In a traditionally male-dominated field, these women’s contributions to technology were both crucial and inspiring, writes Will Brightling, CEO of Dublin Tech Summit.
Those who are familiar with the tech world will already know about massive female influencers such as Ada Lovelace, the inventor of computer programming, and the ‘mother of computing’ Grace Hopper, but history is full of women whose talents shook up the industry and created huge change and development in their field.
1. NASA’s human computer: Annie Easley
Mathematician, “human computer” and rocket scientist, Easley began her career doing computations for researchers. This involved analysing problems and doing calculations by hand. Her earliest work involved running simulations for the newly planned Plum Brook Reactor Facility where NASA was born.
As an African-American woman in the ‘40s, Easley had many obstacles to overcome to get the education she desired to feed her naturally brilliant mind. She continued to learn throughout her career and while working full time for NASA, she pursued a degree at Cleveland State University. While her male colleagues had their undergraduate tuition paid for, Annie paid for her courses with her own money. “Nothing was given to minorities or women. It took some fighting to get that equal opportunity and we’re still fighting today,” the late Easley once said, and it still holds true.
During her studies, one of Easley’s projects determined the life use of storage batteries, and her findings have since contributed to batteries that are used today in hybrid vehicles.
2. Working from Home pioneer: Mary Allen Wilkes
One of the few female computer engineers who made her mark in a very male-dominated field in the 1950s and ‘60s, Mary Allen Wilkes made working from home possible. After obtaining her undergraduate degree in philosophy she took up computer programming – supposedly because of a dare from her eighth-grade geography teacher. She worked at MIT’s Lincoln Laboratory between 1959 and 1963 designing the console and the first operating system for the Laboratory Instrument Computer (LINC), the first micro computer, and went on to write a series of LINC operating systems until she reached the LAP6 (Line Assembly Program) which served both as an operating system and a code assembler for the LINC.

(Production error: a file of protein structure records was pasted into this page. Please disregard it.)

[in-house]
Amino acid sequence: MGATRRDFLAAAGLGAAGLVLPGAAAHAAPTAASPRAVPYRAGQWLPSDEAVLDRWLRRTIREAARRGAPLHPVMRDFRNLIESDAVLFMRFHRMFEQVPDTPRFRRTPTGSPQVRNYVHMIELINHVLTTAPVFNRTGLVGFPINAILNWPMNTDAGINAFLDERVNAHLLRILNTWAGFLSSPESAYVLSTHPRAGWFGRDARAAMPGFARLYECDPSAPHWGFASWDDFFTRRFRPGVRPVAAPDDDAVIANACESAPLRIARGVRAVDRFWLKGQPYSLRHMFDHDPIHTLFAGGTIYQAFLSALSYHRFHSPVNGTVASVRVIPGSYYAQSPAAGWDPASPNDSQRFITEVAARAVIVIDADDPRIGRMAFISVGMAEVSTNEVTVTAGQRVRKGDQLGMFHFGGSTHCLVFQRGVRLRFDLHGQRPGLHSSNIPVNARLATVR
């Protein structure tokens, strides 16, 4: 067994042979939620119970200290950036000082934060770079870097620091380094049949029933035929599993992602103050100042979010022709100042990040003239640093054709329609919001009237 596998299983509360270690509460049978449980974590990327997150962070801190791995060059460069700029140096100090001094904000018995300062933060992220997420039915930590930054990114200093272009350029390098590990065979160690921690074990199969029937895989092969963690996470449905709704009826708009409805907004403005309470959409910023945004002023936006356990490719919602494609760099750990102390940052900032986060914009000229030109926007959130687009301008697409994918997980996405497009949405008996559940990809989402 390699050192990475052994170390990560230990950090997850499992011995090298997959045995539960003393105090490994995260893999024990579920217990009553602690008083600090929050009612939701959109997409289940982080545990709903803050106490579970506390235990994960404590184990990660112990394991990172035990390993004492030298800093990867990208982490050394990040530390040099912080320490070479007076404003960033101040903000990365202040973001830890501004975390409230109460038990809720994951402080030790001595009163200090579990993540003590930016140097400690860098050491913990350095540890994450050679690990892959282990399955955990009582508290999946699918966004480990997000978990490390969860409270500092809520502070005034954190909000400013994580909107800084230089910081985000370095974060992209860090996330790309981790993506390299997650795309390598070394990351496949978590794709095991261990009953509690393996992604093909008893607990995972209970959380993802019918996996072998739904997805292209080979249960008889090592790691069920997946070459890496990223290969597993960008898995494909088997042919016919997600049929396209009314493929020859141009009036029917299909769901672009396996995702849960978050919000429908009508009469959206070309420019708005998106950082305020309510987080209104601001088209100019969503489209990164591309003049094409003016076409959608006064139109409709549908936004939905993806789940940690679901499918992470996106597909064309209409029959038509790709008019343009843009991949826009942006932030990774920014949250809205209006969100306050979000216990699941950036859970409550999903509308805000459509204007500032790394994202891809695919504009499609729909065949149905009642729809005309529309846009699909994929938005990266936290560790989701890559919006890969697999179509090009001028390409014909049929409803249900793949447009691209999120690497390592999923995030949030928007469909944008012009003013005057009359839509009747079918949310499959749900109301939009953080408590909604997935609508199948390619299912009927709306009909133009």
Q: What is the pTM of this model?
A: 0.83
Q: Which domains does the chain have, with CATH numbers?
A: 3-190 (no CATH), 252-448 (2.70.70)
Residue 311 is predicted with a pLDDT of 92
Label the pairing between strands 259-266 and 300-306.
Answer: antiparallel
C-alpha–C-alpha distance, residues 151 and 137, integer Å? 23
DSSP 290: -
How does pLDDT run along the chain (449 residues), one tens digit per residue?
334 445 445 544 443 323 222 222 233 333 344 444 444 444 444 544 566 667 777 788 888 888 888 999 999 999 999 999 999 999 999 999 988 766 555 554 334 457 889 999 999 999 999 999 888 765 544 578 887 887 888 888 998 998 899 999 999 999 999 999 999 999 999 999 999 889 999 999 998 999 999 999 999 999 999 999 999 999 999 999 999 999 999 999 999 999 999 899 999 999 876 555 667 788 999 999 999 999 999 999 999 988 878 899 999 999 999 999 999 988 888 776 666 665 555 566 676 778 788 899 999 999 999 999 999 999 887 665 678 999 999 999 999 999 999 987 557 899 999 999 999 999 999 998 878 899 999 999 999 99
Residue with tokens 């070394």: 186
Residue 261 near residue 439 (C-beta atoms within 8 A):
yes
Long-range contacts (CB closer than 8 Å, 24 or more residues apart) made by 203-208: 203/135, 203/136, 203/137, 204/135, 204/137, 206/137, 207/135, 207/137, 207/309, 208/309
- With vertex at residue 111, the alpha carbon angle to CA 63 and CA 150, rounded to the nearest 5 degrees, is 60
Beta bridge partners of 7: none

Wilkes was the first person to design and work on a computer privately at home in 1965 and is regarded as the first home computer user.
3. The Hollywood Bombshell and Wifi inventor: Hedy Lamarr
A well-established name in both Hollywood and the tech world, Hedy Lamarr appeared on screens alongside legends such as Clark Gable and Judy Garland. An acting career blossomed after she was spotted by an MGM studio head while travelling from London to New York, however it was her technical talents that she really strived to nurture. While she was referred to by MGM as “the most beautiful woman in the world”, Hedy herself stated,
The brains of people are more interesting than the looks, I think.
Director Howard Hughes provided her with the equipment to run experiments in her trailer when she was not in front of the camera. It was as a result of these experiments that she, alongside composer, author and inventor George Antheil, patented an idea for radio communications to ‘hop’ from one frequency to another, so that Allied torpedoes couldn’t be detected by the Nazis. It was this patent that became a precursor to the secure wi-fi, GPS and Bluetooth now used by millions in everyday life.
4. Making programming ‘BASIC’: Sister Mary Kenneth Keller
The first woman to earn a Ph.D in Computer Science, Sr. Mary Keller strove to make computing and programming more accessible for everyone and not just computer scientists.
In the 1960s, Sr. Keller studied at the University of Wisconsin, Purdue, the University of Michigan, and Dartmouth College. Ivy League Dartmouth relaxed the rule barring women from its computer centre and it is thanks to this that Sr. Keller was able to help develop the computer language BASIC, a general-purpose, high level programming language which helped broaden computer programming into non maths and science fields, subsequently giving many people their first experience with programming.
After achieving her Ph.D, Sr. Keller founded the computer science department at Clarke College in Iowa, which she directed for 20 years.
This November, Dublin Tech Summit is hosting Ireland’s inaugural Women In Tech Awards. The awards will span 12 categories including the Trailblazer Award, Disruptor Award, and the IT Business Leader award, promoting the success of female influencers in the tech industry, who in turn, can stimulate further dialogue around equality and inspire the millions of female tech enthusiasts around the world to become leaders in their own right. Head to womenxtech.com to find out more.